Format

Send to

Choose Destination
Prev Med. 2007 Feb;44(2):160-6. Epub 2006 Oct 20.

Evaluating a community-based walking intervention for hypertensive older people in Taiwan: a randomized controlled trial.

Author information

1
Department of Nursing, Tzu Chi College of Technology, No. 880, Jen-Kuo Road,, Section 2, Hualien, 970, Taiwan. lllee@tccn.edu.tw

Abstract

OBJECTIVE:

To study the effect of a community-based walking intervention on blood pressure among older people.

METHOD:

The study design was a randomized controlled trial conducted in a rural area of Taiwan between October 2002 and June 2003. A total of 202 participants aged 60 years and over with mild to moderate hypertension was recruited. Participants randomized to the intervention group (n=102) received a six-month community-based walking intervention based on self-efficacy theory. A public health nurse provided both face-to-face and telephone support designed to assist participants to increase their walking. Control group participants (n=100) received usual primary health care. Primary outcome was change in systolic blood pressure and secondary outcomes were exercise self-efficacy, self-reported walking and diastolic blood pressure.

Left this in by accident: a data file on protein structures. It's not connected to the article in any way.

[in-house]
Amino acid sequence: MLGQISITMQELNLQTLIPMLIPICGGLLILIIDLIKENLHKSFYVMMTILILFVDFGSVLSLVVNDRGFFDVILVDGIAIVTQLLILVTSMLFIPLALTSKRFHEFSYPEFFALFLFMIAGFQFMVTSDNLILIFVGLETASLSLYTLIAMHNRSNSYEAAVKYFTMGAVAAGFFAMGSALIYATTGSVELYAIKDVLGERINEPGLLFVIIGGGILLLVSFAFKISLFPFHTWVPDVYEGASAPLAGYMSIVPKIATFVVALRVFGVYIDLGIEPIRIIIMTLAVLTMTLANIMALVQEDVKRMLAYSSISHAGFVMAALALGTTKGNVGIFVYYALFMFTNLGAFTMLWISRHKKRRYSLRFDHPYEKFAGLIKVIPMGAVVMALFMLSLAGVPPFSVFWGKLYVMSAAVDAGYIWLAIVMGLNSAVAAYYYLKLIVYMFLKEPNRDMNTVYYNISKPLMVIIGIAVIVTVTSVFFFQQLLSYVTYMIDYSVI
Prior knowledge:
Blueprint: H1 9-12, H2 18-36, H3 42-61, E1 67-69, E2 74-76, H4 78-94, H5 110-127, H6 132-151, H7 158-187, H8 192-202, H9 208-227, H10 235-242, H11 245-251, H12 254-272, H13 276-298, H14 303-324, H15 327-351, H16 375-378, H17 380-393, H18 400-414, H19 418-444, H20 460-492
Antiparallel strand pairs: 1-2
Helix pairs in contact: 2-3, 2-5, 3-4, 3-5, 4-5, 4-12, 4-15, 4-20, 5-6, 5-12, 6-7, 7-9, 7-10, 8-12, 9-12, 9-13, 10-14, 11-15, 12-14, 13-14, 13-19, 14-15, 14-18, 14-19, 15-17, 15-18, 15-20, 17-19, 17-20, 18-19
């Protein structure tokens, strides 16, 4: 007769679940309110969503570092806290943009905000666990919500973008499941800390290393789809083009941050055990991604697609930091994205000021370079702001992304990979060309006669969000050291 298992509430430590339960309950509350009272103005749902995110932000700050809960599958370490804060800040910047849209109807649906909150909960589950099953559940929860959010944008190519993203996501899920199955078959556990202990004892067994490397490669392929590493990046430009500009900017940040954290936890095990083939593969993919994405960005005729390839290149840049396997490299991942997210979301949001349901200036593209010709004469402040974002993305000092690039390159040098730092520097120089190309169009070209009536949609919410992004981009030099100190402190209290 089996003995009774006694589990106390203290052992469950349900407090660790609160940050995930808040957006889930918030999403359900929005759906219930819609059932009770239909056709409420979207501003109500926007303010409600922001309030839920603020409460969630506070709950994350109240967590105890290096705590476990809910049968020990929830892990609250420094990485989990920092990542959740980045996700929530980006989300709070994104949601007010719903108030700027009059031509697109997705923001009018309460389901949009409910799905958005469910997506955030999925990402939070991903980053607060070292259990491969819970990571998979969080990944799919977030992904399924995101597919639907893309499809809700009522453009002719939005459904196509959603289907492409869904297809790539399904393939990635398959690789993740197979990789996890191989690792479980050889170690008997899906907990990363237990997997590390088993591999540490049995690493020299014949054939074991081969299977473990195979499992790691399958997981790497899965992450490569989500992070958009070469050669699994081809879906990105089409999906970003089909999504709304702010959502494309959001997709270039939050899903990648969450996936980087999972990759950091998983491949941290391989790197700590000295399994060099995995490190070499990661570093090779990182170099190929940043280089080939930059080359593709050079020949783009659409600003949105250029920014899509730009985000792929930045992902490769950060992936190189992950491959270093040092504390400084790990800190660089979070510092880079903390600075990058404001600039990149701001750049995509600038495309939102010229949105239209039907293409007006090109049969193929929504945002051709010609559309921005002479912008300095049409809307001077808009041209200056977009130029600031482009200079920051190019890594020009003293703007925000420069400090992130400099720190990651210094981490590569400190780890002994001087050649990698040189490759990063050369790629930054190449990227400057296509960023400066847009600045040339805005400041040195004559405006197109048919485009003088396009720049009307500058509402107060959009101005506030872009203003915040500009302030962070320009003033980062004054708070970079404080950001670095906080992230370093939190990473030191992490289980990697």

RESULTS:

At six-month follow-up the mean change in systolic blood pressure was a decrease of 15.4 mmHg and 8.4 mmHg in the intervention and control group, respectively. The difference in mean change between the two groups was -7.0 mmHg (95% CI, -11.5 to -2.5 mmHg, p=0.002). Improvement in exercise self-efficacy scores was greater among intervention group participants (mean difference 1.23, 95% CI, 0.5 to 2.0, p=0.001). Intervention group participants were more likely to report walking more (p<0.0005) but no differences were observed in diastolic blood pressure (p=0.19).

CONCLUSIONS:

Among hypertensive older people, a six-month community-based walking intervention was effective in increasing their exercise self-efficacy and reducing systolic blood pressure.

PMID:
17055561
DOI:
10.1016/j.ypmed.2006.09.001
[Indexed for MEDLINE]

Supplemental Content

Full text links

Icon for Elsevier Science
Loading ...
Support Center